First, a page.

So far, about 16,000 visitors have toured the space, the company said. The overall certification program is still in its infancy – just over 10 million square feet of commercial, institutional and multifamily projects have been certified around the globe. The Los Angeles County office market alone has nearly 190 million square feet.

L.A. developer Ratkovich Co. is among those that have applied for Well Building certification to promote the Bloc, its blocklong mix of hotel, retail and office space under construction in downtown L.A.

“For us, it was another way for us to differentiate our space from every other office space downtown,” said Clare De Briere, Ratkovitch’s chief operating officer and executive vice president. “It’s a maverick program; it’s worth it for us to take that chance because intuitively it makes so much sense. It attracts the kinds of tenants we want.”

Regardless of whether or not developers find the certification a successful marketing lure for tenants, the program has created a cottage industry of businesses eager to offer products and services to meet the standards.

Generating business

Suppliers of ergonomic furniture, wellness consultants and architects are all getting new business from the program.

“We’re in a very competitive market, and we want to be on the bleeding edge of providing value to our customers,” said Jesse Bagley, chief executive of Irvine’s Interior Office Solutions Inc., which sells ergonomic furniture such as height-adjustable desks. The company is planning to open a downtown L.A. showroom that would be certified as a Well Building interior.

“If all we are is, I want to sell you a work station, desk, chair and conference room table, we’re going to die on the vine,” Bagley said.

Chari Jalali, director of interiors for the Culver City office of architecture firm HOK served on the peer review panel of the Well Building Standard, and other members of the firm take the accredited professional workshop in the standard.

HOK is working on its first Well Building project, the William Jefferson Clinton Children’s Center in Port-au-Prince, Haiti, a children’s medical center, which will also be a LEED Platinum-level building. The LEED certification, for Leadership in Energy and Environmental Design, is an energy-efficiency standard for buildings also administered by the Green Building Council.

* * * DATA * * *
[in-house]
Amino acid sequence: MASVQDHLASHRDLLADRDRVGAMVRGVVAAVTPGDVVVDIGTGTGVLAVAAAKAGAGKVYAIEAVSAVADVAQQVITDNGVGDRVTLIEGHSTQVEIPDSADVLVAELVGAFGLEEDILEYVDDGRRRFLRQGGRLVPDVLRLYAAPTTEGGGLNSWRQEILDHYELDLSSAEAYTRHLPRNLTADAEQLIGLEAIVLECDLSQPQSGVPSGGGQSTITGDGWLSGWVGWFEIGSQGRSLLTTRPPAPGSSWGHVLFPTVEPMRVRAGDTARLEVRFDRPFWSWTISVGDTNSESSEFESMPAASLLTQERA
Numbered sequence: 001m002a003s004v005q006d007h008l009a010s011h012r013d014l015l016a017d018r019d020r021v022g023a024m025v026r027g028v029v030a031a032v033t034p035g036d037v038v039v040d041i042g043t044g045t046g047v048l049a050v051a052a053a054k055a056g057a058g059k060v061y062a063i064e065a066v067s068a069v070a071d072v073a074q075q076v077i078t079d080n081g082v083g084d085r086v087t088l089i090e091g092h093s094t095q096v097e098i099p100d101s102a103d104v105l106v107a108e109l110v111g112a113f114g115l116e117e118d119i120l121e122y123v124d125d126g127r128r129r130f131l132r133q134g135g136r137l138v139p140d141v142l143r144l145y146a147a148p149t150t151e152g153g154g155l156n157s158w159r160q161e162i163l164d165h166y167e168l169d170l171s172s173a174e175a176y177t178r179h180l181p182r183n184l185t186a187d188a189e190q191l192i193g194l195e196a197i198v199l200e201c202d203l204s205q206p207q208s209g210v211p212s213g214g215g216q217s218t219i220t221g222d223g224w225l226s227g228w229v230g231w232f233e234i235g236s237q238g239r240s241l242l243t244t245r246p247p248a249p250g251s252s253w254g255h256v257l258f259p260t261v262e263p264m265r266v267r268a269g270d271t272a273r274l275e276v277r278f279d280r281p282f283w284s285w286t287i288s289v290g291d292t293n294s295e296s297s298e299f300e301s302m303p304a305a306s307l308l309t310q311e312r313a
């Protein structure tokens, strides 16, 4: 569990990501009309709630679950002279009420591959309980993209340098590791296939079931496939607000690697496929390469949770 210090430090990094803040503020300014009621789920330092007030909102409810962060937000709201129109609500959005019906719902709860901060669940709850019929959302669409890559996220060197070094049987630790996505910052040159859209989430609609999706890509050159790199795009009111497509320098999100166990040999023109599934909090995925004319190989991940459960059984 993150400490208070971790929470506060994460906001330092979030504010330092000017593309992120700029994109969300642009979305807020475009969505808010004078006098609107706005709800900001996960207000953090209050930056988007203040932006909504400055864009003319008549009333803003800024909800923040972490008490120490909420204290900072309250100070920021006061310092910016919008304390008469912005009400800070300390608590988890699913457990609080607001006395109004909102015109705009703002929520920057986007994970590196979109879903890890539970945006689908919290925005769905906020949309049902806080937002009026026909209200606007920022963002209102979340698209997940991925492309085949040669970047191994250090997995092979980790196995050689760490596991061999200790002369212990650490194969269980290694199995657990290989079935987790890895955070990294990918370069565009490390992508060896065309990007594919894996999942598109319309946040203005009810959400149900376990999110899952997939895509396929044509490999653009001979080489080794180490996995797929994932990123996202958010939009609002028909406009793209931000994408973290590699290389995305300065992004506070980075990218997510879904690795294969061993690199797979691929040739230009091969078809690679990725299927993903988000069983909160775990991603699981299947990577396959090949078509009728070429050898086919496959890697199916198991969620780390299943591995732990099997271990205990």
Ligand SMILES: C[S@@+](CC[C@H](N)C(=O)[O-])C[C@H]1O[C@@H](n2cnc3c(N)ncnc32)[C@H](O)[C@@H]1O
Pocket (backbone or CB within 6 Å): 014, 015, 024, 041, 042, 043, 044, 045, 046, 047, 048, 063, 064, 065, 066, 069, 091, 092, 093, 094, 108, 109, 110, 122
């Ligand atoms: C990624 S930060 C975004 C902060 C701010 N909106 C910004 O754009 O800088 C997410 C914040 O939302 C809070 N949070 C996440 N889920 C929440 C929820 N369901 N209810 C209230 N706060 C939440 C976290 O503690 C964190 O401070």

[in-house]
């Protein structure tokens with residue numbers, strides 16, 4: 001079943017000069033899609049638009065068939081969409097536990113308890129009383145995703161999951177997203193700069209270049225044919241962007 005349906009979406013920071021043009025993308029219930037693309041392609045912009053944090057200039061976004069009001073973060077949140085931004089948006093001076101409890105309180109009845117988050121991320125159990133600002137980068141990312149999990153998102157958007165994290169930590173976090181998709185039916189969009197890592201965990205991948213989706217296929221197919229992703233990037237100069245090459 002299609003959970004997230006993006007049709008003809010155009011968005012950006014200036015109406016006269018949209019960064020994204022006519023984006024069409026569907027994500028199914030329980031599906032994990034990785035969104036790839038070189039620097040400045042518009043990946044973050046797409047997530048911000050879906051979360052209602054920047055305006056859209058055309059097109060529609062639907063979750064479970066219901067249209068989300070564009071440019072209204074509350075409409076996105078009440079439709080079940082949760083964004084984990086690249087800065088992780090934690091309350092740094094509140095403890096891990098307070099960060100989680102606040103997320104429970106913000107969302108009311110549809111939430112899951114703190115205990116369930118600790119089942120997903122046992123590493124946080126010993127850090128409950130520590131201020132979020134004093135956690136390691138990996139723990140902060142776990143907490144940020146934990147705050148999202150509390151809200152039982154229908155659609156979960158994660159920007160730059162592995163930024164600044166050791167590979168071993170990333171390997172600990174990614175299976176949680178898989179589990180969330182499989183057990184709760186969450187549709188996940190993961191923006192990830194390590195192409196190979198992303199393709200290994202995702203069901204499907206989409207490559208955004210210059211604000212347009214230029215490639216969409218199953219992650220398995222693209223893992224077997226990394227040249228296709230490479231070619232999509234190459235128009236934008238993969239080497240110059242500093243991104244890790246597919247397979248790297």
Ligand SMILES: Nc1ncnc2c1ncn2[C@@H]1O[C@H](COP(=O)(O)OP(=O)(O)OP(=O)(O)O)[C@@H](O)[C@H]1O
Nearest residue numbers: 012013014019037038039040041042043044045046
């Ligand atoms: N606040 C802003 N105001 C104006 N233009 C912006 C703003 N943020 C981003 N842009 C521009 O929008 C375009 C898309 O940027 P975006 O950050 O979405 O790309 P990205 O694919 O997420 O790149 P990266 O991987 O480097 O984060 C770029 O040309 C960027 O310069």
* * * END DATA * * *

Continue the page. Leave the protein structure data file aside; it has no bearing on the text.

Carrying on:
There’s no formal way to measure the effects of the Well Building Standard, as it is too new. But that’s OK, say its supporters.

Ratkovich has moved about 30 employees into 12,000 square feet of Well Building-certified space at the Bloc. De Briere said the company hosts lectures there on healthier living with doctors from the California Hospital Medical Center and holds exercise classes for employees.

“We’ve gotten almost everybody off daily drinking of Diet Coke, except one person,” she said. “And there’s a competition going on with weight loss. It’s starting to have trickle-down effect.”

Plus, De Briere said, Ratkovich is seeing the tenants it targets sign on because of Well Building Standard certification – which is advertised and explained on its website and offered to tenants who are willing to pay a premium to have their spaces built out to meet the certification goals, among them public relations firm Golin.

De Briere understands that the benefits have not been empirically proved, but from what she has seen they are there.

“Right now, there’s a lot of anecdotal (evidence), but it’s really compelling,” she said. “This is what LEED was 15 years ago.”